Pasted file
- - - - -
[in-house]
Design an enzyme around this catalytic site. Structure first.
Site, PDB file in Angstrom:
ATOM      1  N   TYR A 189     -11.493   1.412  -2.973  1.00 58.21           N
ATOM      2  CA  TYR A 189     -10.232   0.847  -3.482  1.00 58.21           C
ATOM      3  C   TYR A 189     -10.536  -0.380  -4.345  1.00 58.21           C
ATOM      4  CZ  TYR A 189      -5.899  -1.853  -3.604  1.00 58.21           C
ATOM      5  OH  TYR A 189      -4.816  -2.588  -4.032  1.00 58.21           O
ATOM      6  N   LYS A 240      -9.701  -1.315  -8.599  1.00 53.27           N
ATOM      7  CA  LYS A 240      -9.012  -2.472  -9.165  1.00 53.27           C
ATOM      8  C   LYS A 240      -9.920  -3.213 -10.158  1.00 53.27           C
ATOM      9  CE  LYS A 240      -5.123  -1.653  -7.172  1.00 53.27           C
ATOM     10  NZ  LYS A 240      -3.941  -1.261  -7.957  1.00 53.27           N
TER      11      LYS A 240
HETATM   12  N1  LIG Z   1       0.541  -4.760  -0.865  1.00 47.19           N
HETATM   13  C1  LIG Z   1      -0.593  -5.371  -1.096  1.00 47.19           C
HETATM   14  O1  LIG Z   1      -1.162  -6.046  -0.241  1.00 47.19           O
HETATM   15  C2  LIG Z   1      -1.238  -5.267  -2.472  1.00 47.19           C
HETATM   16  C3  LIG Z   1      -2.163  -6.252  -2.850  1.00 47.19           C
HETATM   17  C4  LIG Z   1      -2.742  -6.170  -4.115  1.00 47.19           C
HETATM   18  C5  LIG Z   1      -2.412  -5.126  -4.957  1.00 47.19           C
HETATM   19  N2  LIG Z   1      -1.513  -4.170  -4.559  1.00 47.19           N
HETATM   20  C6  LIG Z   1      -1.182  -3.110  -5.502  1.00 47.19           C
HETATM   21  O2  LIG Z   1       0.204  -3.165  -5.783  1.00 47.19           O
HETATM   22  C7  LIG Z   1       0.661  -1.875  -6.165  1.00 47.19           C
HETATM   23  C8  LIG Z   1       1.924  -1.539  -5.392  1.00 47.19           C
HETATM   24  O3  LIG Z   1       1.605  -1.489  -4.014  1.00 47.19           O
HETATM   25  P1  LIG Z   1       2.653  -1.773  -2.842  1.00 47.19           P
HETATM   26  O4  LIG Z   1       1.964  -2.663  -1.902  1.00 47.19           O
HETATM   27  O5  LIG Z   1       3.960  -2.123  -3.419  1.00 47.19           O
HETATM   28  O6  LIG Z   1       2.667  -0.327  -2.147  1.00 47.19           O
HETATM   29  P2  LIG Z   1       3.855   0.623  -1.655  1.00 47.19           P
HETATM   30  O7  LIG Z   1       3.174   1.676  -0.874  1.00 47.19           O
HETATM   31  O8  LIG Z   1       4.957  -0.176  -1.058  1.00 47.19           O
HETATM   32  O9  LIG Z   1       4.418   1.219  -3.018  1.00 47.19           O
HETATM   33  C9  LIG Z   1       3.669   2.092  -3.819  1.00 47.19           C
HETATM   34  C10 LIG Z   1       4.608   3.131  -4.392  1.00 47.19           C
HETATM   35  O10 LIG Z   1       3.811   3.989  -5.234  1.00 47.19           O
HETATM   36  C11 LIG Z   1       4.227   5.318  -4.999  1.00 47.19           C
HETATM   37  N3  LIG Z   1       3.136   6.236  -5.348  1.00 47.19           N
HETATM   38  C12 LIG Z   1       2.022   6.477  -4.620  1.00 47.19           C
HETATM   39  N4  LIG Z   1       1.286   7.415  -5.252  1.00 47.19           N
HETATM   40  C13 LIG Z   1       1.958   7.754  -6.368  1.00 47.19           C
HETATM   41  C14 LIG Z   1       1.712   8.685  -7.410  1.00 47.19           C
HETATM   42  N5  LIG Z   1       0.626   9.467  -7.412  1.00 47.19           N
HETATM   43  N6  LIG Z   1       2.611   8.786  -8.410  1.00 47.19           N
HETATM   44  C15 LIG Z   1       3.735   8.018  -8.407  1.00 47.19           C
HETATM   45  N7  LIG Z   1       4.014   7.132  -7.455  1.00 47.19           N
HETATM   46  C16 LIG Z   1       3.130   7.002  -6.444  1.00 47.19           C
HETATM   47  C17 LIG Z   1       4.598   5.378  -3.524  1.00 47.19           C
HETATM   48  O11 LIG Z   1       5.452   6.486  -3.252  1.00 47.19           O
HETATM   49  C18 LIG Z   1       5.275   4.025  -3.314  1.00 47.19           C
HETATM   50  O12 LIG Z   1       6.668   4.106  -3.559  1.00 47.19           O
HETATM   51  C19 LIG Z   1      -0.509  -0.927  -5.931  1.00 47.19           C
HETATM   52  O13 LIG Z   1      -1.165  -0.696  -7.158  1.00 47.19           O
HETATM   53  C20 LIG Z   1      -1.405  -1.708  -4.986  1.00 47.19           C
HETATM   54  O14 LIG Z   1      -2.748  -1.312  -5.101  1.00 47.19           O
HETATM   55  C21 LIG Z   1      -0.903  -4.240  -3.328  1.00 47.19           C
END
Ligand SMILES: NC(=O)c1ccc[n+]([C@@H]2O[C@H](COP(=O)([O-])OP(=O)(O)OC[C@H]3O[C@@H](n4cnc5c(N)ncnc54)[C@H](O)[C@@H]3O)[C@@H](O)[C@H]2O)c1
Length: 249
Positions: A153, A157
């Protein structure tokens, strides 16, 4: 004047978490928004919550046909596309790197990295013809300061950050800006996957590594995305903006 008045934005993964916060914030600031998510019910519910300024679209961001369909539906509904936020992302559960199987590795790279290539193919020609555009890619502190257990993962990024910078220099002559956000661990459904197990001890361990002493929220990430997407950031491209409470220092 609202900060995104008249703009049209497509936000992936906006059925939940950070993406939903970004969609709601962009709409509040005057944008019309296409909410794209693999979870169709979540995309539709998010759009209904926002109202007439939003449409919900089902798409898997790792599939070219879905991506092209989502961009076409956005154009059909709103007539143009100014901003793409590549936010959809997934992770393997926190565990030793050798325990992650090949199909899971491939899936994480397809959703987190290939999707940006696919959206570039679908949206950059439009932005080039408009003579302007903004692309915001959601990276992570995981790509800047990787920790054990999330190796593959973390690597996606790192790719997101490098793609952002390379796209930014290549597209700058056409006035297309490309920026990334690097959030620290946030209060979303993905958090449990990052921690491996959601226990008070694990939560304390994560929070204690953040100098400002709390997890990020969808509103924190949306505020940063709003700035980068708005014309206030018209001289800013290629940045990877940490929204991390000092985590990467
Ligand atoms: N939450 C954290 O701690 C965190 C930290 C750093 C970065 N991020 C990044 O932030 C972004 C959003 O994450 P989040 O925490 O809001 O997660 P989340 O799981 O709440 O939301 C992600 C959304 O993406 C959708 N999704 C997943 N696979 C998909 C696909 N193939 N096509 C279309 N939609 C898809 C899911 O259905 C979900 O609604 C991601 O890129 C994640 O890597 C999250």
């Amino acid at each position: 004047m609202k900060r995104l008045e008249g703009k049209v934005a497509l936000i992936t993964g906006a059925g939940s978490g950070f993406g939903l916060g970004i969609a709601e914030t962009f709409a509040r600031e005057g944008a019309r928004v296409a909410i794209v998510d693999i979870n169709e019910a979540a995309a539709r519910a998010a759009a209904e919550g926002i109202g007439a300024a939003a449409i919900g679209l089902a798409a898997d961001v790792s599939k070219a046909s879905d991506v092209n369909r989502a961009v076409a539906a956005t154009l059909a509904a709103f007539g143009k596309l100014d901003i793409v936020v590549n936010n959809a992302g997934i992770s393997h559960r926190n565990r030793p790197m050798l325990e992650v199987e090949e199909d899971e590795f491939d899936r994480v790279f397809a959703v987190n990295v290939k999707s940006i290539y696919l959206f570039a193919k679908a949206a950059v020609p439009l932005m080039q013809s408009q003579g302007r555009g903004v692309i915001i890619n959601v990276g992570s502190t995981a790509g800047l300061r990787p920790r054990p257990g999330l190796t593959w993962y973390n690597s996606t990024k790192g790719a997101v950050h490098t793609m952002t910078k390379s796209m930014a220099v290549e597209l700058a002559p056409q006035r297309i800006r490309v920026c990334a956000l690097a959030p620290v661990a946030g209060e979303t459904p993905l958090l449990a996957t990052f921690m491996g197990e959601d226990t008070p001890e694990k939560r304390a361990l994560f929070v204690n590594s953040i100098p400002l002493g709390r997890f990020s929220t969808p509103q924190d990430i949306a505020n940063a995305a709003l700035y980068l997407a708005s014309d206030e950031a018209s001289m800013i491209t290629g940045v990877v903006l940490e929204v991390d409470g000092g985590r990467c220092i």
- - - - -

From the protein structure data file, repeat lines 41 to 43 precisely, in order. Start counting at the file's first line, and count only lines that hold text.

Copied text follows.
HETATM   38  C12 LIG Z   1       2.022   6.477  -4.620  1.00 47.19           C
HETATM   39  N4  LIG Z   1       1.286   7.415  -5.252  1.00 47.19           N
HETATM   40  C13 LIG Z   1       1.958   7.754  -6.368  1.00 47.19           C